top of page

How would you Answer these Popular Arguments? Pt. 2

Interactive Article

Here’s a list of popular arguments you may or may not have heard before. Don’t know your stance on these topics? Well, you’re here to find out. Check out Pt.1 of popular arguments for more arguments.

by Sindu Vipparthy

Is America’s current election process still valid?

  1. Yeah! The electoral college is how we’ve been doing it for the past 2 centuries, therefore, we should keep doing it that way.

  2. No! The popular vote is more fitting to the needs of the majority of the people. Why does it exist if it isn’t counted?

  3. Both of them are outdated methods. We’d rather come up with a completely new way altogether.

Should men get paternity leave?

  1. Yes. As a parent responsible for taking care of the child, it’s important that they get time to spend time with their family.

  2. No. The women are the ones physically giving birth and that’s why they get maternity leave.

  3. Yes, but the man would possibly get shorter leaves than the women.

Are we too dependent on computers?

  1. Yes. It’s all we’re on 24/7 in the modern era. If all the computers would hypothetically be shut down, we’d be left vulnerable with barely any access to information.

  2. No. Computers are a form of technology that mankind has created in the modern era. Technology in the past has always made humans’ lives more efficient, so it would mean the same for us now.

  3. Technology is definitely beneficial, however, they’re known to have adverse health effects. It’d be good to stay off of it as much as possible. Also possibly store information in physical forms instead of just on the web.

Should smoking be banned?

  1. Yes. It’s bad for the smoker’s health and the people around them.

  2. No. It’s legal for adults and must be for a reason. It also provides temporary relief and is a way of coping.

  3. No, but smoking should definitely be strongly discouraged.

Should the United States Supreme Court judges have shorter terms (instead of life-long terms)?

  1. Yes. Everyone else who has government positions has terms. Besides, the ideals of some of the Supreme Court judges might be outdated if they serve life-long terms.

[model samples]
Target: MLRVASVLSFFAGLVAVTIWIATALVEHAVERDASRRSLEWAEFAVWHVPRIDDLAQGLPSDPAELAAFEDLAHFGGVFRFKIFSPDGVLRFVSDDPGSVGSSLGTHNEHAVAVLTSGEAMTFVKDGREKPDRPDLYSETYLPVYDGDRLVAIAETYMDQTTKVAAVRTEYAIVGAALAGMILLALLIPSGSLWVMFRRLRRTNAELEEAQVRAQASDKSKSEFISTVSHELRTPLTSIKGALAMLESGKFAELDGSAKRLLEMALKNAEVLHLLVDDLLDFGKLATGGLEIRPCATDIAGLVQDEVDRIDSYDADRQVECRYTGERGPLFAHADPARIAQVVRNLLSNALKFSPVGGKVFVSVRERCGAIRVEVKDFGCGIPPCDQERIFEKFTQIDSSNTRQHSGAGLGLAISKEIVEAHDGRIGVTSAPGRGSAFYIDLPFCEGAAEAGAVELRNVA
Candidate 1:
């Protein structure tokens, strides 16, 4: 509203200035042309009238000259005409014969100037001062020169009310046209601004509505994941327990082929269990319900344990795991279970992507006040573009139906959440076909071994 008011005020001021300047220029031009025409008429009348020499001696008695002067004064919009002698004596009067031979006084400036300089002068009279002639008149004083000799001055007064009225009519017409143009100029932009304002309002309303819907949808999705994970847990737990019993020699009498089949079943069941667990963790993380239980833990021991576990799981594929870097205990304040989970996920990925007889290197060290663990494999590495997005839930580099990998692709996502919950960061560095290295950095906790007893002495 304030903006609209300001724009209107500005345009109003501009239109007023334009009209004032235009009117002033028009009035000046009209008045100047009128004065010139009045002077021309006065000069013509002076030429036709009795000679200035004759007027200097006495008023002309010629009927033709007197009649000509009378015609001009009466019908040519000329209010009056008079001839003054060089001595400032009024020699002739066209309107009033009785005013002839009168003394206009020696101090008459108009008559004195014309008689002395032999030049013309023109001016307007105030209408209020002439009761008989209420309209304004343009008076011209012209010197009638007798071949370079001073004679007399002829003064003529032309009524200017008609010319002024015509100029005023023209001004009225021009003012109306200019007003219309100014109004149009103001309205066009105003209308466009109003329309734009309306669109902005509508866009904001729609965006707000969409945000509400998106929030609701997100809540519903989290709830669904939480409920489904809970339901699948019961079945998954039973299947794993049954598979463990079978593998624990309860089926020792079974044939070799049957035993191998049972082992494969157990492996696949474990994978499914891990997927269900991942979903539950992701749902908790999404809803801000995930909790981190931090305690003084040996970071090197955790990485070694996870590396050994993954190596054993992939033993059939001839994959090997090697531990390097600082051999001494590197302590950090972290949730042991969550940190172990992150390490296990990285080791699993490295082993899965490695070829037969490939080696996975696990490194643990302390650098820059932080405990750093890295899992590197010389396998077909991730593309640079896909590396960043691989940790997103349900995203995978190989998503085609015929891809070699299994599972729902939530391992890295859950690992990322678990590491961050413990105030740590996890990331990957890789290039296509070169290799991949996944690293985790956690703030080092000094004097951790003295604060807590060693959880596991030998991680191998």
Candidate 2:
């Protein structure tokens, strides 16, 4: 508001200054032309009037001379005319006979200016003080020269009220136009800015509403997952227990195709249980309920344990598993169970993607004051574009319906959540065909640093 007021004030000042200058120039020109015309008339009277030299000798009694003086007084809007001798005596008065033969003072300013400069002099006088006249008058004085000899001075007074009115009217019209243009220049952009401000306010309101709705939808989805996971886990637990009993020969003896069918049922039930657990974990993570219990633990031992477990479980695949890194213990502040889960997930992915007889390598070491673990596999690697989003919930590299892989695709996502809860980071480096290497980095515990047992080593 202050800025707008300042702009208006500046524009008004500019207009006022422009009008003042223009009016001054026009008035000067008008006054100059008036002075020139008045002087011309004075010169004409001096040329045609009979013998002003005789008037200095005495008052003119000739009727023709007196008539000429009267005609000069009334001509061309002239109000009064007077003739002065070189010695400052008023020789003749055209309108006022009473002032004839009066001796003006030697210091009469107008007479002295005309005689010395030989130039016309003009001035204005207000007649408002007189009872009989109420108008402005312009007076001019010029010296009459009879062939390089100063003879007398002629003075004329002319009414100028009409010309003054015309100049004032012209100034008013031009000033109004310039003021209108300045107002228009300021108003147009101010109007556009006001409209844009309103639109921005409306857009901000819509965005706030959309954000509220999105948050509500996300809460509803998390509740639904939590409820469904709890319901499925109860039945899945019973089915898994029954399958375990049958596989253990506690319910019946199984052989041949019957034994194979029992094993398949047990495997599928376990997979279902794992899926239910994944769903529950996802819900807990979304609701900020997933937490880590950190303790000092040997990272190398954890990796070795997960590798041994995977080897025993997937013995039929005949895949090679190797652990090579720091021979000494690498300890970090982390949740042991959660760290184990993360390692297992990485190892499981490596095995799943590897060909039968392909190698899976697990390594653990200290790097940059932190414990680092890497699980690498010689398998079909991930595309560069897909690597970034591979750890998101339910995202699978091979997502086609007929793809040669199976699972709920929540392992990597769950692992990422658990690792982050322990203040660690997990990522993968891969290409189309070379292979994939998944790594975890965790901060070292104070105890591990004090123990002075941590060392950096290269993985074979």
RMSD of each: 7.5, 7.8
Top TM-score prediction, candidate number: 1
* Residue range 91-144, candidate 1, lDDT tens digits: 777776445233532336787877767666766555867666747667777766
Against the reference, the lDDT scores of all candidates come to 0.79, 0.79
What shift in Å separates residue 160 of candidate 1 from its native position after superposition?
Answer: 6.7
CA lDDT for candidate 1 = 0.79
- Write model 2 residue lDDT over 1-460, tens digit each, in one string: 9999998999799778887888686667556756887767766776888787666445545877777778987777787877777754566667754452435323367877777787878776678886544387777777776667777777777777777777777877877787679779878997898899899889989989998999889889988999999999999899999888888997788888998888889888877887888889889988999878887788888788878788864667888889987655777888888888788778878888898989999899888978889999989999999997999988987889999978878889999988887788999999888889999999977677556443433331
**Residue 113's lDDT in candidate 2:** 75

2. No. The Judicial Branch has been enforcing the country’s laws like this for centuries, so there’s no reason to change it now.

  3. Sort of. We could hypothetically test the difference between the two different resolutions and see which one has a greater net benefit.

Should everyone be required to recycle?

  1. Yes. Recycling is an important thing (that many people already take part in) that contributes to a more eco-friendly lifestyle. We could make a much greater positive impact if everyone recycled.

  2. No. Recycling might be an extra hassle for certain people who might not have the right resources to be able to take part.

  3. It wouldn’t be required but would be encouraged as much as possible. The government could also incentivize recycling to promote it even more.

Should schools be year-round?

  1. Yes. That way, the student is engaged in their education throughout the entire year. Additionally, due to the extended period of time spent in school, students would have more breaks throughout the year.

  2. No. Summer vacation is a time where students can relax and focus on themselves and their own interests.

  3. Both resolutions should be tested. We would later see which one has the highest student satisfaction and net benefit to their educations.

Does homework provide benefits to students?

  1. Yes. Homework is crucial for the revision of subject material taught in the class. It should be mandatory with no exceptions.

  2. No. Homework cuts into time that students could use for themselves and their interests. Teachers sometimes don’t teach well, causing the student extra stress when they are required to do the homework.

  3. Yes. There should be a maximum time limit to how much a student would need to spend on their assignments so they would still have time for themselves.

Should public prayer in schools be allowed?

  1. Yes. It expresses the rights of the people who want to pray in school and express themselves through their religious practices.

  2. No. It would be a hassle for students who aren’t religious to pray in school.

  3. The students who would want to pray would be able to pray while the others would have the option to sit out. Both of these groups of people would be able to express their religious freedoms.


bottom of page